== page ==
In short, 99 Reasons Why is incredibly brilliant in every possible way. It’s a fantastic story told in a revolutionary way. I started the novel on a Friday night and was done by Saturday. 99 Reasons Why is so good that I’m already half way through it for the second time.
Make no mistake: this is a dark thrill ride of a novel that will leave you with a jaw dropping ending (or a few of them) and Kate will stay with you long after you’ve finished 99 Reasons Why. That’s the power of a true storyteller and its something Caroline Smailes has in spades. Deft, funny, haunting and harrowing, 99 Reasons Why is amazing 99 times over.
Everyone dreams of having a superpower. Me? I’d love to be able to fly so I could avoid rush hour traffice or be able to remember each book I’ve ever read in its entirety. Everyone has also felt like a freak at one point or another in their lives: not fitting in, not being accepted, not part of the norm.
There are people, however, that we would classify as real freaks, not able to intermingle with society, keeping to themselves. You’ve seen these people: they fade into the shadows, they keep to the sidelines, they are quiet and speak rarely.
Everyone has been a freak at one time or another. That is what makes FREAKS! written by Caroline Smailes, Nik Perring and illustrated by Darren Craske so amazing. They have created a book that is for each and every person who has never felt as if they fit in anywhere.
FREAKS! is a collection of 50 short stories, some written by Caroline, some written by Nik, some written together. The stories are illustrated by wonderful drawings by Darren that bring the story to life in a way that transcends the short story genre.
Part collection, part comic book, part darkness, part hilarity, FREAKS! is a book that goes beyond the short story genre and makes it something all the more incredible.
I knew from the moment that I looked at the cover of FREAKS! that I was in for a treat of monumental proportions. Eschewing the traditional short story, the ones contained in this collection are flash fiction pieces, stories told in comic book form, stories told in mere paragrahps that pack whole pages worth of emotion into very few words.
I read FREAKS! in less than a day. I simply could not put it down. All the stories feature people with superpowers, real or imagined, and give us a brief look into their lives. Some of the stories are funny and downright hilarious, some end with a punch to the gut, some take a twist in the middle and leave you shocked. Others are haunting, harrowing and dark. However, all the stories in FREAKS! are beautiful.
I had a very personal reaction to this collection. I have always felt like a freak, as if I don’t belong, as if I was put on this earth to do something but had no idea what it was. I’ve always felt as if I was outside the norm and have never been sure if the norm was something I wanted to be a part of anyways.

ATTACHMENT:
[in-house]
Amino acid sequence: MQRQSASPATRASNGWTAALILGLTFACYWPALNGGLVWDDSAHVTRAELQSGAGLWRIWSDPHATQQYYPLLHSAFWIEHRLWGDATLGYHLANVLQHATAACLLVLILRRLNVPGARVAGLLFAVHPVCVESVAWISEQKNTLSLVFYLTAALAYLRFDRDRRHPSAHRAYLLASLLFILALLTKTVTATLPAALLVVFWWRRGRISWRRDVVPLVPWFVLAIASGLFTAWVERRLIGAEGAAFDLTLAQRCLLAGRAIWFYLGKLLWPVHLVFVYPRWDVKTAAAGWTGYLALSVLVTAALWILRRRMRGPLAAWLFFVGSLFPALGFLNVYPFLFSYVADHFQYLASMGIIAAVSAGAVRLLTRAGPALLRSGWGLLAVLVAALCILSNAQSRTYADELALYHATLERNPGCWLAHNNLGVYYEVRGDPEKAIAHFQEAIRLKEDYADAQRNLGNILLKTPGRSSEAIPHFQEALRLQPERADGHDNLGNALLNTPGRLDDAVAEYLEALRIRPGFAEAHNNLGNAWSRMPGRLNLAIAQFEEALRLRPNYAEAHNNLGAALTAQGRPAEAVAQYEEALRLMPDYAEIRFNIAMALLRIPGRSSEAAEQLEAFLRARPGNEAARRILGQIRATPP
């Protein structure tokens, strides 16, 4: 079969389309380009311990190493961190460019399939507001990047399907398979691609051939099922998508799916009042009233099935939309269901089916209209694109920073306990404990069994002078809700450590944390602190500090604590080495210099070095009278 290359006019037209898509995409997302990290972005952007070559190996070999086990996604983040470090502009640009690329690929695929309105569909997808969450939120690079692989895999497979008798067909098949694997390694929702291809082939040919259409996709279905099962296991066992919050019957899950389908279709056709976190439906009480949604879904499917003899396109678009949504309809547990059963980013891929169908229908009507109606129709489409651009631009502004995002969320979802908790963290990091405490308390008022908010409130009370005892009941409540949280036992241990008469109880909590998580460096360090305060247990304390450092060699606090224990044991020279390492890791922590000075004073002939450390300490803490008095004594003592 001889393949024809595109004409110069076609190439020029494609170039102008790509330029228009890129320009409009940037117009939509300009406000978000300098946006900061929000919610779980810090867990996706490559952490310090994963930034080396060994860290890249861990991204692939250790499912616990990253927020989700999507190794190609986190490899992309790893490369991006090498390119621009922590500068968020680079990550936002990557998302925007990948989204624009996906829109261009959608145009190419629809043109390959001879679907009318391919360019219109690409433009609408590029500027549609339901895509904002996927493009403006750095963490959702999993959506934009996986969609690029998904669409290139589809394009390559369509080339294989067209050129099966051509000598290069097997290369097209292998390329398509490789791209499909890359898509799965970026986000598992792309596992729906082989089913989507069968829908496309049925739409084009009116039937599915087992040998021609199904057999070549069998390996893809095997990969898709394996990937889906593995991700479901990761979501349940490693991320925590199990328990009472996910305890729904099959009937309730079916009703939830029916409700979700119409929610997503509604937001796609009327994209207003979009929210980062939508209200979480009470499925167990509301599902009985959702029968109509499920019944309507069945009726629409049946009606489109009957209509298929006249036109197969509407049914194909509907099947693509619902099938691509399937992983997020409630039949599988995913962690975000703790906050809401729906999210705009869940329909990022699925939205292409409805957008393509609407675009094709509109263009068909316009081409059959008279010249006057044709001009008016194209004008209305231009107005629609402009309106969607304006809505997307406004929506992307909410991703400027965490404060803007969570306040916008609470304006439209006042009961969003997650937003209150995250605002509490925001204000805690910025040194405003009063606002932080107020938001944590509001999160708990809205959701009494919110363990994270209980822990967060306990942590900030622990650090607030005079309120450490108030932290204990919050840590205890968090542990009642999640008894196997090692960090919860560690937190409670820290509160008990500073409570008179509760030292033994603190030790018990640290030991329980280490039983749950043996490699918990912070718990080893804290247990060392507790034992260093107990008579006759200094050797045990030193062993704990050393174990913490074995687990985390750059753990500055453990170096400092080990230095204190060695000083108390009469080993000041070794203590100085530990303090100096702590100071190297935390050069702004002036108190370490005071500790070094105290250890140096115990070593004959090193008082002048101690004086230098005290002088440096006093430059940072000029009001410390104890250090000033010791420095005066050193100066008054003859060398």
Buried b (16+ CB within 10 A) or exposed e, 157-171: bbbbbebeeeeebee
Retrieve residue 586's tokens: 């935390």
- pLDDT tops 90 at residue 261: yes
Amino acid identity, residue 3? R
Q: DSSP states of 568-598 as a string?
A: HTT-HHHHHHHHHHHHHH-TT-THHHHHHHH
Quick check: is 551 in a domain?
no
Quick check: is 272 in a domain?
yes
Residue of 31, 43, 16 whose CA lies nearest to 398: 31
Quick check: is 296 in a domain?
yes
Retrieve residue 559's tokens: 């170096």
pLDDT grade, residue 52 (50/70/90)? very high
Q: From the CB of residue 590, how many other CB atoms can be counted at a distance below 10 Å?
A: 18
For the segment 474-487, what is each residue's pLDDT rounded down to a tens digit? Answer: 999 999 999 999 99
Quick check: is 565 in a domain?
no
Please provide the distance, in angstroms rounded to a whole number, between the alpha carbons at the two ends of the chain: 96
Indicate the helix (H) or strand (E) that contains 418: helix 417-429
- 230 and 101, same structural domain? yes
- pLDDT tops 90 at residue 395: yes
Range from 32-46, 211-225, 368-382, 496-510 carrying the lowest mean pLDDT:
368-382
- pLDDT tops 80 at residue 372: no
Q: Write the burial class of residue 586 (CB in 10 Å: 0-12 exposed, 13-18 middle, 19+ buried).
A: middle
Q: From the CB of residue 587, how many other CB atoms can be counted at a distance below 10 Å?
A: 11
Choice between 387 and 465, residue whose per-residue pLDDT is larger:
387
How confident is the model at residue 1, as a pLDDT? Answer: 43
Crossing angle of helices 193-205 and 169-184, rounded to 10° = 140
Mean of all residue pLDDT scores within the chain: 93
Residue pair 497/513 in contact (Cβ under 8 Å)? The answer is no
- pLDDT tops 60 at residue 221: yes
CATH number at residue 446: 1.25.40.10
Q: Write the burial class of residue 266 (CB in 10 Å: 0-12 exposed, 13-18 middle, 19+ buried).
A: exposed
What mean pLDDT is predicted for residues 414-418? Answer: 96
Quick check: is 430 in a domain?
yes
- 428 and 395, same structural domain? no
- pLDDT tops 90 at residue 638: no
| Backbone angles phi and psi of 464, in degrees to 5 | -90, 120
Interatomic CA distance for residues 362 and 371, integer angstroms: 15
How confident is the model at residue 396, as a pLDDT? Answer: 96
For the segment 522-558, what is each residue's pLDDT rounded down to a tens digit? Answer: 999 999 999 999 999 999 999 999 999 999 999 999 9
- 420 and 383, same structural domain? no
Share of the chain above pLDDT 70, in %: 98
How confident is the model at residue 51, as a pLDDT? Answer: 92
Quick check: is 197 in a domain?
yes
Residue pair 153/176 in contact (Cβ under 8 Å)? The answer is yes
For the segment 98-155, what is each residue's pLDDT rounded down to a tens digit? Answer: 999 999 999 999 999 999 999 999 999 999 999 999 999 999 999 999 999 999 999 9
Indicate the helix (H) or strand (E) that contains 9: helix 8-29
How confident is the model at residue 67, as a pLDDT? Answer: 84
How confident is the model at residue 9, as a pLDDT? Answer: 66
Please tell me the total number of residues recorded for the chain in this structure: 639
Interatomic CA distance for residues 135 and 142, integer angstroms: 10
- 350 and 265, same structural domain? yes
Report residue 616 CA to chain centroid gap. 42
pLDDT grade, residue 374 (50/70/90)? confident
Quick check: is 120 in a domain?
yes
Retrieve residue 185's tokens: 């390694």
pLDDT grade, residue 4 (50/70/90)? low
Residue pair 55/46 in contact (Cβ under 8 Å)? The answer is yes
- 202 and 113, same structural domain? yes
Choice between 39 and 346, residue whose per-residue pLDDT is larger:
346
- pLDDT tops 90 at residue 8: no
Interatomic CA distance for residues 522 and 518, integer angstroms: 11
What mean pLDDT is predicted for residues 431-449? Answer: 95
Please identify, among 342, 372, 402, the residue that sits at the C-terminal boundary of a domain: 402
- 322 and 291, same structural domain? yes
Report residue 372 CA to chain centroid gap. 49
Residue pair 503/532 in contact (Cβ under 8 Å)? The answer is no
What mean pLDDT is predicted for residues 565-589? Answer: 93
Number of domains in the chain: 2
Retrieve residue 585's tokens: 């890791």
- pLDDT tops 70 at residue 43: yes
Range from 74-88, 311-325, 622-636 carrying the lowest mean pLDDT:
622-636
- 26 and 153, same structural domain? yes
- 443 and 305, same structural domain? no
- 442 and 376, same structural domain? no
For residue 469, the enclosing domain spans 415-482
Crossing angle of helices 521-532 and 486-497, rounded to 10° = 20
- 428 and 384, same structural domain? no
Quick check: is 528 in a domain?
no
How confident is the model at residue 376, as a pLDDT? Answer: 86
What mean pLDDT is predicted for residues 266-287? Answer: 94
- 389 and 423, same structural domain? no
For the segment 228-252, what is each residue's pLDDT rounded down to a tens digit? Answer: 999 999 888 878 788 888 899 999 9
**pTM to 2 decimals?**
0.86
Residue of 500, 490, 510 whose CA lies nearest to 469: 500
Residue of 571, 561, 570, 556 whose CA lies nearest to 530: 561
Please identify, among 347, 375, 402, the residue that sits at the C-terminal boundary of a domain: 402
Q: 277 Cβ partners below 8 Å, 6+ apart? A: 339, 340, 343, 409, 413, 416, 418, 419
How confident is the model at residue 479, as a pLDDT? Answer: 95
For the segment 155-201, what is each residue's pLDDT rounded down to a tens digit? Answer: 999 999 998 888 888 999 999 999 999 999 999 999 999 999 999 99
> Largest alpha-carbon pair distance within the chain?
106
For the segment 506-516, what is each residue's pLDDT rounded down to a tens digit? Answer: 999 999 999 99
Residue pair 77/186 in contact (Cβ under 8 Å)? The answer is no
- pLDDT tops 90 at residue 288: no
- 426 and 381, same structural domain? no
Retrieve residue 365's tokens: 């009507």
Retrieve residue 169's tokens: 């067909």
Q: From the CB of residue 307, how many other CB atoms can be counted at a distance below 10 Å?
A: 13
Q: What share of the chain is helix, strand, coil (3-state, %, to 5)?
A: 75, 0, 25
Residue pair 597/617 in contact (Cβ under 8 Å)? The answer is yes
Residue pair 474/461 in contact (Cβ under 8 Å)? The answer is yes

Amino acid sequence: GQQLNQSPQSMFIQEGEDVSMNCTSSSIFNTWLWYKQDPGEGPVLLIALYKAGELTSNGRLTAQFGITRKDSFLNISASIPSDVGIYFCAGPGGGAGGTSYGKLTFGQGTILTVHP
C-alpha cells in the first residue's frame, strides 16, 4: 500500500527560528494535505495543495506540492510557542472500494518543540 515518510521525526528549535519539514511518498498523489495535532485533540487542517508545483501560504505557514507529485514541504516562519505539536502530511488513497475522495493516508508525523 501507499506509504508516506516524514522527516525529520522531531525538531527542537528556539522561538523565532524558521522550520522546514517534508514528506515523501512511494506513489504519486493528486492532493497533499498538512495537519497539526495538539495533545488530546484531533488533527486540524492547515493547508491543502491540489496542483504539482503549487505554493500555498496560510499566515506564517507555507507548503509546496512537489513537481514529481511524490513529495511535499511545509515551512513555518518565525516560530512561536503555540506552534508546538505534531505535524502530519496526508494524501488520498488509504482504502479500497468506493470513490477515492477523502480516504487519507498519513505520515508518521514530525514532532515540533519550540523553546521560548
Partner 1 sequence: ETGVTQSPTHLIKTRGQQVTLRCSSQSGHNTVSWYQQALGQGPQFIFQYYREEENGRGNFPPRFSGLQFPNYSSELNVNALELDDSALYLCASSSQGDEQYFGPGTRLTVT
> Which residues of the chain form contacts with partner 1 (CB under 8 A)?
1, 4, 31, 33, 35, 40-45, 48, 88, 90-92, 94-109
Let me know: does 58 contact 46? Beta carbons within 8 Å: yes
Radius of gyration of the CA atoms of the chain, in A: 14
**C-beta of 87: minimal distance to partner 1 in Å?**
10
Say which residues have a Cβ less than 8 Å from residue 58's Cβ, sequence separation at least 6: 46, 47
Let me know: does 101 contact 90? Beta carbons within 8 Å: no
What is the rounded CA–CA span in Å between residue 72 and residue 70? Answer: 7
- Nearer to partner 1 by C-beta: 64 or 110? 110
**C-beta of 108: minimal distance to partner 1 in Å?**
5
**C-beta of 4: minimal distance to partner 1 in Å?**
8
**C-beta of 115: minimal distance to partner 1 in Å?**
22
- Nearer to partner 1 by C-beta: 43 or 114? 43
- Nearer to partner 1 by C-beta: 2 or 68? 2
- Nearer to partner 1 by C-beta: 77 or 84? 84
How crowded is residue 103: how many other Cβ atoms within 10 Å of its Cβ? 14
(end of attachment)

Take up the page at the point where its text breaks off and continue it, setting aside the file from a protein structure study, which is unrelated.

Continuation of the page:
In reading FREAKS! I felt as if I was reading about people I knew. I even recognized myself in a few of the stories. The stories, the characters, feel so personal, as if we are being presented with a moment in the time of their lives. I ached for this book of freaks and wanted them to know it was okay to be who they were.
Though short, the stories are written so well and so deftly that no further words are needed. Caroline Smailes and Nik Perring have outdone themselves with their stories; each can be read in a few minutes, but all of them will stay with you long after you finish reading the collection.
The illustrations are another amazing thing about this collection. Darren Craske has outdone himself, bringing the freaks to life in fantastic black and white illustrations that help the characters to jump off the page. The illustrations are so good that I felt I was reading a pulp comic book from days gone by. The stories are amazing and the illustrations just add to the over all perfection of the book.
I finished reading the paperback book yesterday morning and am reading the eBook now. While I love eBooks and primarily read everything on my iPad, FREAKS! is a book that you will want to hold, a book where you will want to thumb through the pages. Though I love eBooks, do yourself a favour and get the paperback. It’s well worth double the price you’ll pay for it as the stories will stay with you forever.
Whimsical, haunting, hilarious and harrowing, FREAKS! is like nothing you have ever read or will read afterwards. FREAKS! has turned the genre of the short story into a revolution. The literary world will never be the same again.